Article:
Critics of the Obama administration have recently suggested countering Russia’s economic influence in Europe with American natural gas. That gas would presumably get to Europe via the White House’s secret magical natural-gas teleportation machine, which can transport billions of cubic feet per day across the Atlantic using nothing but fairy dust and smiles.
Obviously, there is no such natural-gas teleporter, but its existence has to be posited to make sense of the claims by House Speaker John Boehner (R-Oh.) and others who argue that Obama hasn’t done enough in response to Russia’s invasion of Ukraine. Reporters for publications that are far, far more respectable than Know More have taken this argument seriously, such as Coral Davenport and Steven Erlanger in The New York Times and John Bussey in The Wall Street Journal. It’s a dubious line of reasoning, though, and it’s incompatible with a belief in free markets and free enterprise.
The Times quotes Boehner: “One immediate step the president can and should take is to dramatically expedite the approval of U.S. exports of natural gas. … The U.S. Department of Energy’s excruciatingly slow approval process amounts to a de facto ban on American natural gas exports that Vladimir Putin has happily exploited to finance his geopolitical goals.”
Yet Energy has approved construction of five export projects since last year, including one in Cameron Parish, La. a month ago, which should provide close to enough capacity to meet international demand — and no matter how quickly the administration approves new projects, they will take several years to build. Preparing natural gas to be loaded onto a ship requires heavy infrastructure. Until fracking recently allowed domestic companies produce enough gas to export some of it, there’s been no need for that infrastructure. The only existing export terminal, at Kenai in Alaska, has been closed since 2011.
What’s more, even if the Obama administration could wish away engineering realities and conjure newly built natural gas facilities out of nothing, it isn’t clear that doing so would affect European prices. Any U.S. system for exporting natural gas would have to compete with the old Soviet network of pipelines, shown in the map above by the Pennsylvania consulting firm East European Gas Analysis. These pipelines can deliver gas cheaply and quickly to the European market, and while U.S. companies build new terminals, Russia’s Gazprom is also planning to expand its capacity with new pipelines. As Michael Levi of the Council on Foreign Relations explains, U.S. firms will probably ship most of their gas to Asia, where prices are higher than in Europe.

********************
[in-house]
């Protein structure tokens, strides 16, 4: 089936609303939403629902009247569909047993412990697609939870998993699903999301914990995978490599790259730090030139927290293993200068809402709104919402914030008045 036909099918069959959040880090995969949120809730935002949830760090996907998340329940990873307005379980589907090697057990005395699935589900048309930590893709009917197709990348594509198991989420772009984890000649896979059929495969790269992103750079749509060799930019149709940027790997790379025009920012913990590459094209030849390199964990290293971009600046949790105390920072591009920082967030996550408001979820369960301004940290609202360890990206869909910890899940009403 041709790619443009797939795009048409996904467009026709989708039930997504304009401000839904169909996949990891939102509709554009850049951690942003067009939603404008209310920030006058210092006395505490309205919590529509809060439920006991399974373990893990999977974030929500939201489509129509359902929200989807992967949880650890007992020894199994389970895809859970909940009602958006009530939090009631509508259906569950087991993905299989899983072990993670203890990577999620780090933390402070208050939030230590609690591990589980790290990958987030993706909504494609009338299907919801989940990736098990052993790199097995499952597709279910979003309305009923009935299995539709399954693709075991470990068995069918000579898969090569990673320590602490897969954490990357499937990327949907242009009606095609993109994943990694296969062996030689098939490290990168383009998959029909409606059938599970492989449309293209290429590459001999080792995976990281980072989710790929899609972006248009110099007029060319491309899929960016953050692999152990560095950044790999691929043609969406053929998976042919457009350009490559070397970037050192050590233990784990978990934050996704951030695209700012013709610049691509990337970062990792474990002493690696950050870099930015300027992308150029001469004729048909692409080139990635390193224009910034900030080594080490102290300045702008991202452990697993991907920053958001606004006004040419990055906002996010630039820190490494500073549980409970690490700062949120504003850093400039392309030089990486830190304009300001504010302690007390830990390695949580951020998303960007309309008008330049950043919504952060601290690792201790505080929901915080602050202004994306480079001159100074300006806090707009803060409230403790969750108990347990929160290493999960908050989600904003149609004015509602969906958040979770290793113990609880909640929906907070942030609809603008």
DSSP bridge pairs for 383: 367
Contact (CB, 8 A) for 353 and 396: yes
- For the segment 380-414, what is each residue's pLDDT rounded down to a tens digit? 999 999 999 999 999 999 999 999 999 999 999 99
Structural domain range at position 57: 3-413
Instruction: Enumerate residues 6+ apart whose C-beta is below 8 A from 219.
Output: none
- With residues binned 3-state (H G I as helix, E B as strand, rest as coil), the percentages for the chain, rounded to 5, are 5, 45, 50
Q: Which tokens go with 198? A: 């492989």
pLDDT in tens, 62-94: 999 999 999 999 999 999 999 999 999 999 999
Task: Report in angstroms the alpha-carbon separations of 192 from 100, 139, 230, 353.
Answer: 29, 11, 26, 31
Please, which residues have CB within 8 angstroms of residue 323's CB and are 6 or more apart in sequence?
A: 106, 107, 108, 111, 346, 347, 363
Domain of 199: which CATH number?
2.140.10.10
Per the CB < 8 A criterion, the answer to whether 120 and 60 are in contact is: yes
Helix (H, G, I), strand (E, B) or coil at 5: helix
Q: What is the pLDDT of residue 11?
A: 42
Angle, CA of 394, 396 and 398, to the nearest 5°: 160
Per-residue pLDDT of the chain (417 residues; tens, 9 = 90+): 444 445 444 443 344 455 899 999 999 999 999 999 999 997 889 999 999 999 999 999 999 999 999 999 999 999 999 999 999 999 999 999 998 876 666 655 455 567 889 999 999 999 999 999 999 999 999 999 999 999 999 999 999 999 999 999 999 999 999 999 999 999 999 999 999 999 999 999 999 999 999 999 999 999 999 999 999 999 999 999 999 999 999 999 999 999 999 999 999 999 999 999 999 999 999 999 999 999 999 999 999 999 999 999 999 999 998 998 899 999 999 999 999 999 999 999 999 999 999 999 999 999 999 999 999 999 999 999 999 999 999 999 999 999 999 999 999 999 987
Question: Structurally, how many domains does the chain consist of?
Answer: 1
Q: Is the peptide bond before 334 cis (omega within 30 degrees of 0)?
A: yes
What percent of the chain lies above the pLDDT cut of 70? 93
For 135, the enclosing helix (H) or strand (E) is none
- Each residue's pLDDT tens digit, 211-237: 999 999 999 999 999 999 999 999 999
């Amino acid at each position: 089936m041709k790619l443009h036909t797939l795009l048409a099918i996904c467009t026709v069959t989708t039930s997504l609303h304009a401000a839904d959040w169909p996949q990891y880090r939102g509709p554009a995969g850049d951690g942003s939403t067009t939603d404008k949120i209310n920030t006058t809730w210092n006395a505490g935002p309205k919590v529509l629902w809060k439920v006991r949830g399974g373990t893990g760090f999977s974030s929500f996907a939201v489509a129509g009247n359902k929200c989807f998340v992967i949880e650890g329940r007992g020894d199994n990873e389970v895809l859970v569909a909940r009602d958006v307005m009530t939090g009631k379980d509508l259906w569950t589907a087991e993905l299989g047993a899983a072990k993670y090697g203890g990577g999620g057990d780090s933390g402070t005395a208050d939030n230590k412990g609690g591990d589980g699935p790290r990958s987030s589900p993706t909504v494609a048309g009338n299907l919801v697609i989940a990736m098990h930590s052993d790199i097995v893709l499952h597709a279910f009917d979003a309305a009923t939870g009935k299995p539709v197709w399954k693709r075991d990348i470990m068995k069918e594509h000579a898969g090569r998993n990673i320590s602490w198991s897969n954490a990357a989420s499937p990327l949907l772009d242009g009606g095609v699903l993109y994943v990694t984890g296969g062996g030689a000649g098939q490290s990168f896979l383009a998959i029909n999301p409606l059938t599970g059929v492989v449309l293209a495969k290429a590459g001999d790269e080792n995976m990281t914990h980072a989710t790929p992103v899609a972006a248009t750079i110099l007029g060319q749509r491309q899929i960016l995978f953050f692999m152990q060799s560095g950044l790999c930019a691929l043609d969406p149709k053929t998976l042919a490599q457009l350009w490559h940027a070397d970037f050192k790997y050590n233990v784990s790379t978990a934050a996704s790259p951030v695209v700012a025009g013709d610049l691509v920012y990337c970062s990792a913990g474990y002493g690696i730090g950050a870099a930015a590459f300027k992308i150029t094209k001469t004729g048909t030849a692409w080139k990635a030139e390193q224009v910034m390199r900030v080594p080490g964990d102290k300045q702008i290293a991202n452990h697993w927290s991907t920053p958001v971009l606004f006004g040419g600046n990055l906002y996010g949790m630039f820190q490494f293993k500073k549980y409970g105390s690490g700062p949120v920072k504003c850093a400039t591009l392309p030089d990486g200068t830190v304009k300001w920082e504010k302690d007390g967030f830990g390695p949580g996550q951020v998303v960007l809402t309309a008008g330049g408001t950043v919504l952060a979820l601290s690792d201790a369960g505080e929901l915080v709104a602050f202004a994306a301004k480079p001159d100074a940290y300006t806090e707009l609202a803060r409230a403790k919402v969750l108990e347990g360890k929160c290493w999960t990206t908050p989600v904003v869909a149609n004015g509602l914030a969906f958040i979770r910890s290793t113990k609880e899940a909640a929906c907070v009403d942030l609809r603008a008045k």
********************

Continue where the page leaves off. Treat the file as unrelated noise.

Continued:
Suppose the United States subsidized natural gas exports to Europe to encourage countries there to cooperate in a scheme of sanctions against Russia the next time it invades one of its neighbors. Suppose the United States also funded the construction of pipes and tanks to accommodate the flow of gas in a crisis, (infrastructure that would sit idle most of the time). Doing so would just shift the expense of sanctions from Europe to the U.S. federal government, rather than reducing Moscow’s economic leverage. In natural gas as in so many other things in life, there is rarely any free lunch.
Subsidies are just a silly thought experiment to illustrate the economic fallacy of the position Boehner expressed. They’d violate free-trade agreements, and Russia would probably retaliate with discounts of its own. Using American natural gas to counter Russian influence in Europe would basically require a national industrial policy, in which the state helps certain industries succeed based on geopolitical or other considerations. You’d have to oppose such a policy if you believe that a country is usually stronger, both domestically and its relations with other states, when it protects freedom of enterprise.
Click below for Levi’s analysis of the European gas market.